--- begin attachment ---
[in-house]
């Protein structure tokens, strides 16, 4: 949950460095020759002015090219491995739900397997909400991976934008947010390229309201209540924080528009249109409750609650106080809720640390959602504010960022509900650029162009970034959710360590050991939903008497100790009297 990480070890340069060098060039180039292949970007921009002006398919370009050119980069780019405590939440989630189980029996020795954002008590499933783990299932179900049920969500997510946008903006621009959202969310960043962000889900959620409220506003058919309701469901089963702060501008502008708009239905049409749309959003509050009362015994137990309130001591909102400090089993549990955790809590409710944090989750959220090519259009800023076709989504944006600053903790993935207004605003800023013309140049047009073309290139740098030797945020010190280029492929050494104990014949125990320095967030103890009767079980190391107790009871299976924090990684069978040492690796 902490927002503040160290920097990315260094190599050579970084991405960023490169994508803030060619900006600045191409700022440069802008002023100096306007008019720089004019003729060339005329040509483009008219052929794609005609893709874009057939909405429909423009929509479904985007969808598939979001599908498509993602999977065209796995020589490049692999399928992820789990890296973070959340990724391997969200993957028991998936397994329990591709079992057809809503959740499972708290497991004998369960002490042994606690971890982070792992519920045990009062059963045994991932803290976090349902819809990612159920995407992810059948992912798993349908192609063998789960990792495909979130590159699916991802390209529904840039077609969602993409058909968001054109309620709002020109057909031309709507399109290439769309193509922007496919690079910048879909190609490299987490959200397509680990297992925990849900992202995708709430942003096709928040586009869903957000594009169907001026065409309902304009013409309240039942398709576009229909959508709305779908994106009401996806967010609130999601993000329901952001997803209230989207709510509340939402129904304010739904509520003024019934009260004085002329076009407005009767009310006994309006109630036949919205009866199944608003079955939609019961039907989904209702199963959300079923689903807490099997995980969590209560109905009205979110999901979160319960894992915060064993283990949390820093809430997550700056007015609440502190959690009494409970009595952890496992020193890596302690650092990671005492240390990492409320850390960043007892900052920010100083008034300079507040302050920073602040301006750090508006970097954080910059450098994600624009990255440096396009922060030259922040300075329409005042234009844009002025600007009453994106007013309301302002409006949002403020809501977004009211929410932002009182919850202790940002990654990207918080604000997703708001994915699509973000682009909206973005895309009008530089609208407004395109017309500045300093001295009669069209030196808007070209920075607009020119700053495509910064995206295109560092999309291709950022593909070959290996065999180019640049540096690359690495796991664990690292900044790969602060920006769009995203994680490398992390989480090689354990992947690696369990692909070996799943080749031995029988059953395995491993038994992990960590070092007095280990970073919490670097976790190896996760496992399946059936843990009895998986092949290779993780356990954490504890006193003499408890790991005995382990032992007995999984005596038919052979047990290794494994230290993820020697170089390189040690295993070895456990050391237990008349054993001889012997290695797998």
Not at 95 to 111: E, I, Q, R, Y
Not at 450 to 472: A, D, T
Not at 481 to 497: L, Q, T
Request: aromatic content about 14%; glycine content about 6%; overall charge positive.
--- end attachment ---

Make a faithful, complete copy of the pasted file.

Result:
[in-house]
């Protein structure tokens, strides 16, 4: 949950460095020759002015090219491995739900397997909400991976934008947010390229309201209540924080528009249109409750609650106080809720640390959602504010960022509900650029162009970034959710360590050991939903008497100790009297 990480070890340069060098060039180039292949970007921009002006398919370009050119980069780019405590939440989630189980029996020795954002008590499933783990299932179900049920969500997510946008903006621009959202969310960043962000889900959620409220506003058919309701469901089963702060501008502008708009239905049409749309959003509050009362015994137990309130001591909102400090089993549990955790809590409710944090989750959220090519259009800023076709989504944006600053903790993935207004605003800023013309140049047009073309290139740098030797945020010190280029492929050494104990014949125990320095967030103890009767079980190391107790009871299976924090990684069978040492690796 902490927002503040160290920097990315260094190599050579970084991405960023490169994508803030060619900006600045191409700022440069802008002023100096306007008019720089004019003729060339005329040509483009008219052929794609005609893709874009057939909405429909423009929509479904985007969808598939979001599908498509993602999977065209796995020589490049692999399928992820789990890296973070959340990724391997969200993957028991998936397994329990591709079992057809809503959740499972708290497991004998369960002490042994606690971890982070792992519920045990009062059963045994991932803290976090349902819809990612159920995407992810059948992912798993349908192609063998789960990792495909979130590159699916991802390209529904840039077609969602993409058909968001054109309620709002020109057909031309709507399109290439769309193509922007496919690079910048879909190609490299987490959200397509680990297992925990849900992202995708709430942003096709928040586009869903957000594009169907001026065409309902304009013409309240039942398709576009229909959508709305779908994106009401996806967010609130999601993000329901952001997803209230989207709510509340939402129904304010739904509520003024019934009260004085002329076009407005009767009310006994309006109630036949919205009866199944608003079955939609019961039907989904209702199963959300079923689903807490099997995980969590209560109905009205979110999901979160319960894992915060064993283990949390820093809430997550700056007015609440502190959690009494409970009595952890496992020193890596302690650092990671005492240390990492409320850390960043007892900052920010100083008034300079507040302050920073602040301006750090508006970097954080910059450098994600624009990255440096396009922060030259922040300075329409005042234009844009002025600007009453994106007013309301302002409006949002403020809501977004009211929410932002009182919850202790940002990654990207918080604000997703708001994915699509973000682009909206973005895309009008530089609208407004395109017309500045300093001295009669069209030196808007070209920075607009020119700053495509910064995206295109560092999309291709950022593909070959290996065999180019640049540096690359690495796991664990690292900044790969602060920006769009995203994680490398992390989480090689354990992947690696369990692909070996799943080749031995029988059953395995491993038994992990960590070092007095280990970073919490670097976790190896996760496992399946059936843990009895998986092949290779993780356990954490504890006193003499408890790991005995382990032992007995999984005596038919052979047990290794494994230290993820020697170089390189040690295993070895456990050391237990008349054993001889012997290695797998």
Not at 95 to 111: E, I, Q, R, Y
Not at 450 to 472: A, D, T
Not at 481 to 497: L, Q, T
Request: aromatic content about 14%; glycine content about 6%; overall charge positive.